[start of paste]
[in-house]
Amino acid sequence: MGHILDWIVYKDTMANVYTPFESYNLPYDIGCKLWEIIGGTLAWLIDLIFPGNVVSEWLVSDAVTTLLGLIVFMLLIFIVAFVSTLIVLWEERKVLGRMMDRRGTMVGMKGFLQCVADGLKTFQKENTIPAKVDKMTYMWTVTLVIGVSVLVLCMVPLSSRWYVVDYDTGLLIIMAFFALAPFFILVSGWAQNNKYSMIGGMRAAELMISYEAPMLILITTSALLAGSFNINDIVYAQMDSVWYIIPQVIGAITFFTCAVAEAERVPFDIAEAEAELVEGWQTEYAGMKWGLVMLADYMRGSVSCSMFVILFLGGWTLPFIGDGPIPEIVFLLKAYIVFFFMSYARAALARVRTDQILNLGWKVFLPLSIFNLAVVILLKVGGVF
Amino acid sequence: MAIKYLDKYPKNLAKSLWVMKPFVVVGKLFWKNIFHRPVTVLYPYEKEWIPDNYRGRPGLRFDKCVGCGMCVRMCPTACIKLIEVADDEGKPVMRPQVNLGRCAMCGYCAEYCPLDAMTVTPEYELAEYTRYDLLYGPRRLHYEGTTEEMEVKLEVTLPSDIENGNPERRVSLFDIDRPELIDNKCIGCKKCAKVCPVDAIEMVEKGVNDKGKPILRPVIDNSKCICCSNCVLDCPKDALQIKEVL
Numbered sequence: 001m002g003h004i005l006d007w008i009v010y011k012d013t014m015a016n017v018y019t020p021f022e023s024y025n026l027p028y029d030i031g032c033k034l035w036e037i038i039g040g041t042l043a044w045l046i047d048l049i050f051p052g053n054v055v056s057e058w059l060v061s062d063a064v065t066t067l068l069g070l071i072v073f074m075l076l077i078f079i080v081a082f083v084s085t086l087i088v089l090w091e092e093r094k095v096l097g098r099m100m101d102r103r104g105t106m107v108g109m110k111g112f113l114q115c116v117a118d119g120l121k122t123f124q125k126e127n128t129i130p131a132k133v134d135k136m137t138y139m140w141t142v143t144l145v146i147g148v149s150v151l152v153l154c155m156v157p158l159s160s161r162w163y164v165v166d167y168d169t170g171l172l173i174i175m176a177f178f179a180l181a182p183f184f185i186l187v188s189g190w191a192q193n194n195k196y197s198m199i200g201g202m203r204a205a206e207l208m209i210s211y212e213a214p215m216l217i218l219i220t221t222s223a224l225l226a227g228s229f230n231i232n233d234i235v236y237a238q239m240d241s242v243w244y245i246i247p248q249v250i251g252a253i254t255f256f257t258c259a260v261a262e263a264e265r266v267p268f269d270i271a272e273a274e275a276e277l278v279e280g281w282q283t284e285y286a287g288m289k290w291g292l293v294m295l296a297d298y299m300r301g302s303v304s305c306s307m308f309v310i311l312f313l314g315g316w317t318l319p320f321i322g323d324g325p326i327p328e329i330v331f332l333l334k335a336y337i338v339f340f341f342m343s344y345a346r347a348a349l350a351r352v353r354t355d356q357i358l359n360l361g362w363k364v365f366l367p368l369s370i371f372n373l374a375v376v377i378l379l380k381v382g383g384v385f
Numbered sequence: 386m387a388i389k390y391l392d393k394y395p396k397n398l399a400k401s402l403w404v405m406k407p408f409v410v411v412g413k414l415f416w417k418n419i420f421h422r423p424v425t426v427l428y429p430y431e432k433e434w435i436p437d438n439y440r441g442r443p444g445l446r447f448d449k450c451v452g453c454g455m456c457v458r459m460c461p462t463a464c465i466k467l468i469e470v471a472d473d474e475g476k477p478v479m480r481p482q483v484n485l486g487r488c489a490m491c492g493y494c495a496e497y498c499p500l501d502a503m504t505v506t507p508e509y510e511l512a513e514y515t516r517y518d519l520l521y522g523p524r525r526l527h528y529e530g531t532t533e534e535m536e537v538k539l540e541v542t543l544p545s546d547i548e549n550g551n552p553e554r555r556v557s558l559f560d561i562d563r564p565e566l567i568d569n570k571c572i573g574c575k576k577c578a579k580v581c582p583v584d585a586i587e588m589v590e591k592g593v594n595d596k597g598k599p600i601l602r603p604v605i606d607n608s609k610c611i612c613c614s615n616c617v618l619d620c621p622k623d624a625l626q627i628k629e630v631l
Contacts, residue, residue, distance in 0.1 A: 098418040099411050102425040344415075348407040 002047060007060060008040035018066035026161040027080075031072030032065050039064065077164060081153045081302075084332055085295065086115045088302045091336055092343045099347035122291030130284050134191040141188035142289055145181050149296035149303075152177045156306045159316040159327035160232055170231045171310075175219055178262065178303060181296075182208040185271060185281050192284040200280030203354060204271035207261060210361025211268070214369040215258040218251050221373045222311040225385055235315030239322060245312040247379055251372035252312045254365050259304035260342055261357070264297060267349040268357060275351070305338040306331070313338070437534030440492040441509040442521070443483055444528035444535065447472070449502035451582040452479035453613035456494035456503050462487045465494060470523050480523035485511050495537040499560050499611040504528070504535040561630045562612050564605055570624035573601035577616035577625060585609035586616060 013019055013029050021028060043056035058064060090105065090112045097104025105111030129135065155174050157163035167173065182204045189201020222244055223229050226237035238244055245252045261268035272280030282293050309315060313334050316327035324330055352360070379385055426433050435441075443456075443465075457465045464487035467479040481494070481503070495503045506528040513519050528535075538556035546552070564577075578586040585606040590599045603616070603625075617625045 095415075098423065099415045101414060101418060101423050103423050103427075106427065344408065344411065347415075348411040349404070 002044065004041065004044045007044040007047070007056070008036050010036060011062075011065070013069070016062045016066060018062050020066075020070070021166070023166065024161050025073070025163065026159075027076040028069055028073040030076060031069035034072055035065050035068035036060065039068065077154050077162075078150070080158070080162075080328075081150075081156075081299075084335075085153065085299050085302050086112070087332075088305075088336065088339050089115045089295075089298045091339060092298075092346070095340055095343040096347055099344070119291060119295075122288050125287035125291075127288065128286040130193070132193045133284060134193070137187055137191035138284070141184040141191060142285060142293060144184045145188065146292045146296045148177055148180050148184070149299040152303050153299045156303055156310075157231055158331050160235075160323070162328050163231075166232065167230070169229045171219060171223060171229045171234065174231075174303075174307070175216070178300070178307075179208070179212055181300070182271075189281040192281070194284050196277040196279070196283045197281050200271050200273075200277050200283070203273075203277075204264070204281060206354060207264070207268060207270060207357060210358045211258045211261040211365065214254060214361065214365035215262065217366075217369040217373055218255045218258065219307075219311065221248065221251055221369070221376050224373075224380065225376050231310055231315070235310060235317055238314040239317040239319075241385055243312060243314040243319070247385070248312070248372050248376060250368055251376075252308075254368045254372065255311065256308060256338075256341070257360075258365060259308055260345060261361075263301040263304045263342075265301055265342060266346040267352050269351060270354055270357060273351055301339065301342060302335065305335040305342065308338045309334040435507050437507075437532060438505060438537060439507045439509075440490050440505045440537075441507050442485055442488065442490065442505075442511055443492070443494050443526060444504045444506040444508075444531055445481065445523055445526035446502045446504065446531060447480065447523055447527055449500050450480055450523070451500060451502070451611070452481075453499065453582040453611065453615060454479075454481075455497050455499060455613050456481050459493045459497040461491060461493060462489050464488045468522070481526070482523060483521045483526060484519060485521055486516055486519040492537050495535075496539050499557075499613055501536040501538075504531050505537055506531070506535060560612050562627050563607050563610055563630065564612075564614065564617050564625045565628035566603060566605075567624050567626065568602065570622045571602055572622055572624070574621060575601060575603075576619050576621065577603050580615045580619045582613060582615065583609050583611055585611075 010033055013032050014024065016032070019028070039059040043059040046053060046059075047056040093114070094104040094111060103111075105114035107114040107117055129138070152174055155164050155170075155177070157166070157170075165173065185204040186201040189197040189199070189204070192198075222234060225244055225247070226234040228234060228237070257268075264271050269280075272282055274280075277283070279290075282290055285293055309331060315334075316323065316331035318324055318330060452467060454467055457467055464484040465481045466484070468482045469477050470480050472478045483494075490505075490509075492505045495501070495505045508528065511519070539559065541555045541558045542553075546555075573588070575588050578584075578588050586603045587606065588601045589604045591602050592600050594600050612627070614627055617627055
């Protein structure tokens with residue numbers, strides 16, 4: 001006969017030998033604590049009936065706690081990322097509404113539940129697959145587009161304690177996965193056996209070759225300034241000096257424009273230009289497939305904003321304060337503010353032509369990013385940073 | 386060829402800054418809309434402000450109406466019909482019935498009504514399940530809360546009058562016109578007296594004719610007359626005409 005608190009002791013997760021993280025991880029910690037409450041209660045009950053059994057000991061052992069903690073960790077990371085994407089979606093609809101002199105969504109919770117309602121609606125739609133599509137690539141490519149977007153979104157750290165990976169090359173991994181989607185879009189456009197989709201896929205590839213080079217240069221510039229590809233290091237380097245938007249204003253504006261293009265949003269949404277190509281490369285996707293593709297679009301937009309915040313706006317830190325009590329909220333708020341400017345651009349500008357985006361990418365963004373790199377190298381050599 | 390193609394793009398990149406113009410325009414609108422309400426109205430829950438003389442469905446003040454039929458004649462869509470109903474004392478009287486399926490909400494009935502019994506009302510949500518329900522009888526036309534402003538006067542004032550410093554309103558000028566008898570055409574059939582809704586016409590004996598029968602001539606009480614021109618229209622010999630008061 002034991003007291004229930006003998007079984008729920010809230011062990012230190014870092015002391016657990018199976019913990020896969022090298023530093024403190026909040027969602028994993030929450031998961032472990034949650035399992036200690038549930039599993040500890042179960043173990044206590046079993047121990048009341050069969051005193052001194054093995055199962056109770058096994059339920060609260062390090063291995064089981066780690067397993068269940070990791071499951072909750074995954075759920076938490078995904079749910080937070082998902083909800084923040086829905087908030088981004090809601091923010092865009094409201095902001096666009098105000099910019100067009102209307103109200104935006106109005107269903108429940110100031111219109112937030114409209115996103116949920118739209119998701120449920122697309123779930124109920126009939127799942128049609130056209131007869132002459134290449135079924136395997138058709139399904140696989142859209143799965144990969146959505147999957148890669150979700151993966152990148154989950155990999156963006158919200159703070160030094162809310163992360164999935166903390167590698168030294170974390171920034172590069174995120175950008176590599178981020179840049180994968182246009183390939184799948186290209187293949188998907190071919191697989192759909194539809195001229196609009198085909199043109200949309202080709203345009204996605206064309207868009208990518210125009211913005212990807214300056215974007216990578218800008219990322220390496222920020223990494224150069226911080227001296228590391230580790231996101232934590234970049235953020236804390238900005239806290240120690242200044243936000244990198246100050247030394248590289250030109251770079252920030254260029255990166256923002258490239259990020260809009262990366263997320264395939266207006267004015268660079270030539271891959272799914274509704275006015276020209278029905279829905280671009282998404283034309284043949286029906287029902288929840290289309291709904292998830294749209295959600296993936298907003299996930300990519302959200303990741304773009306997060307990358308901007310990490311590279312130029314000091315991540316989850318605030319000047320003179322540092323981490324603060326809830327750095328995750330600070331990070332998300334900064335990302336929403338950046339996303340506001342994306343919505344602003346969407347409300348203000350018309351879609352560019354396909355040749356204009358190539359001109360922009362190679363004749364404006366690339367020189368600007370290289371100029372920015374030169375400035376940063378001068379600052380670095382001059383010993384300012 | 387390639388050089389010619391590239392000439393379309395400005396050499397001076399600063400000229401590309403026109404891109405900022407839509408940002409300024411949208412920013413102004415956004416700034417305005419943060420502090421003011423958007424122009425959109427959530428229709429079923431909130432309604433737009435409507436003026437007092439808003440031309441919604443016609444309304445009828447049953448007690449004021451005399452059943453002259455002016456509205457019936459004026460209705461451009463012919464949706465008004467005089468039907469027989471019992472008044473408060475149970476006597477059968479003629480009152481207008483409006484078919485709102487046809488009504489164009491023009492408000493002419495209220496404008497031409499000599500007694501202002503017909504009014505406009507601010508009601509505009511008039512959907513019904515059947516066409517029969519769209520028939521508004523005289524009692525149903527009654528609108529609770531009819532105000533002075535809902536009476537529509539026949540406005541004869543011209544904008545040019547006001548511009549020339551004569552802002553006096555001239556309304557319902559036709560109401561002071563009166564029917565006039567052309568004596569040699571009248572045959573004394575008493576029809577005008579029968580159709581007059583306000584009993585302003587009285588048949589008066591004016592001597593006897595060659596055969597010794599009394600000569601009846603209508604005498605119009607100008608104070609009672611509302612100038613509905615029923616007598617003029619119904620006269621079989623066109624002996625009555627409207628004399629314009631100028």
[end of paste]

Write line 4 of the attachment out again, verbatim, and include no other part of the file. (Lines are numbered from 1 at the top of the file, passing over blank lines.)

Numbered sequence: 001m002g003h004i005l006d007w008i009v010y011k012d013t014m015a016n017v018y019t020p021f022e023s024y025n026l027p028y029d030i031g032c033k034l035w036e037i038i039g040g041t042l043a044w045l046i047d048l049i050f051p052g053n054v055v056s057e058w059l060v061s062d063a064v065t066t067l068l069g070l071i072v073f074m075l076l077i078f079i080v081a082f083v084s085t086l087i088v089l090w091e092e093r094k095v096l097g098r099m100m101d102r103r104g105t106m107v108g109m110k111g112f113l114q115c116v117a118d119g120l121k122t123f124q125k126e127n128t129i130p131a132k133v134d135k136m137t138y139m140w141t142v143t144l145v146i147g148v149s150v151l152v153l154c155m156v157p158l159s160s161r162w163y164v165v166d167y168d169t170g171l172l173i174i175m176a177f178f179a180l181a182p183f184f185i186l187v188s189g190w191a192q193n194n195k196y197s198m199i200g201g202m203r204a205a206e207l208m209i210s211y212e213a214p215m216l217i218l219i220t221t222s223a224l225l226a227g228s229f230n231i232n233d234i235v236y237a238q239m240d241s242v243w244y245i246i247p248q249v250i251g252a253i254t255f256f257t258c259a260v261a262e263a264e265r266v267p268f269d270i271a272e273a274e275a276e277l278v279e280g281w282q283t284e285y286a287g288m289k290w291g292l293v294m295l296a297d298y299m300r301g302s303v304s305c306s307m308f309v310i311l312f313l314g315g316w317t318l319p320f321i322g323d324g325p326i327p328e329i330v331f332l333l334k335a336y337i338v339f340f341f342m343s344y345a346r347a348a349l350a351r352v353r354t355d356q357i358l359n360l361g362w363k364v365f366l367p368l369s370i371f372n373l374a375v376v377i378l379l380k381v382g383g384v385f